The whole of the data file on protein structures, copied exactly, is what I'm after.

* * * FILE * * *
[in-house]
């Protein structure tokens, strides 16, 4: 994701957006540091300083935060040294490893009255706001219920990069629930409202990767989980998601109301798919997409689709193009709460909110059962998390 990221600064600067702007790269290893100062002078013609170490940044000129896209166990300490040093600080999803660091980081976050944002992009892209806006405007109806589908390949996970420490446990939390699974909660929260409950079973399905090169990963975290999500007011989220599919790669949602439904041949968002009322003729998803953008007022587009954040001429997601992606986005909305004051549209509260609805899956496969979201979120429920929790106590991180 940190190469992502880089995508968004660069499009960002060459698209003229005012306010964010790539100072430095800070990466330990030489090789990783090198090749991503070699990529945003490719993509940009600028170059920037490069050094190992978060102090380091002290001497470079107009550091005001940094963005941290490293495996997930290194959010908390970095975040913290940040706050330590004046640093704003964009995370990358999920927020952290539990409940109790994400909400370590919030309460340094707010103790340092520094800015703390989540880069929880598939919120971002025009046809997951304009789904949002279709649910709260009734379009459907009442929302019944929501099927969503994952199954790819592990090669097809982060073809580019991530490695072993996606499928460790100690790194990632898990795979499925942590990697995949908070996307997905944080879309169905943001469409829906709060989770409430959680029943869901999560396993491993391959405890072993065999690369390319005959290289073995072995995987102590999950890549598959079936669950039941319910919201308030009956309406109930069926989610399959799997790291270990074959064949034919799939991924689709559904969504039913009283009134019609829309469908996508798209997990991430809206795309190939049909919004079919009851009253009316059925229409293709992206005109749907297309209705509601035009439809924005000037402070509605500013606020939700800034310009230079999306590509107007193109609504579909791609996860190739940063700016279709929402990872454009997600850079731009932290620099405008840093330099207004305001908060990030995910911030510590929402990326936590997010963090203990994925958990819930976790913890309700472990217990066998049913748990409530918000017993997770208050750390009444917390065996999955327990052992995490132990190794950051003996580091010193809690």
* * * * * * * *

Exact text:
[in-house]
């Protein structure tokens, strides 16, 4: 994701957006540091300083935060040294490893009255706001219920990069629930409202990767989980998601109301798919997409689709193009709460909110059962998390 990221600064600067702007790269290893100062002078013609170490940044000129896209166990300490040093600080999803660091980081976050944002992009892209806006405007109806589908390949996970420490446990939390699974909660929260409950079973399905090169990963975290999500007011989220599919790669949602439904041949968002009322003729998803953008007022587009954040001429997601992606986005909305004051549209509260609805899956496969979201979120429920929790106590991180 940190190469992502880089995508968004660069499009960002060459698209003229005012306010964010790539100072430095800070990466330990030489090789990783090198090749991503070699990529945003490719993509940009600028170059920037490069050094190992978060102090380091002290001497470079107009550091005001940094963005941290490293495996997930290194959010908390970095975040913290940040706050330590004046640093704003964009995370990358999920927020952290539990409940109790994400909400370590919030309460340094707010103790340092520094800015703390989540880069929880598939919120971002025009046809997951304009789904949002279709649910709260009734379009459907009442929302019944929501099927969503994952199954790819592990090669097809982060073809580019991530490695072993996606499928460790100690790194990632898990795979499925942590990697995949908070996307997905944080879309169905943001469409829906709060989770409430959680029943869901999560396993491993391959405890072993065999690369390319005959290289073995072995995987102590999950890549598959079936669950039941319910919201308030009956309406109930069926989610399959799997790291270990074959064949034919799939991924689709559904969504039913009283009134019609829309469908996508798209997990991430809206795309190939049909919004079919009851009253009316059925229409293709992206005109749907297309209705509601035009439809924005000037402070509605500013606020939700800034310009230079999306590509107007193109609504579909791609996860190739940063700016279709929402990872454009997600850079731009932290620099405008840093330099207004305001908060990030995910911030510590929402990326936590997010963090203990994925958990819930976790913890309700472990217990066998049913748990409530918000017993997770208050750390009444917390065996999955327990052992995490132990190794950051003996580091010193809690």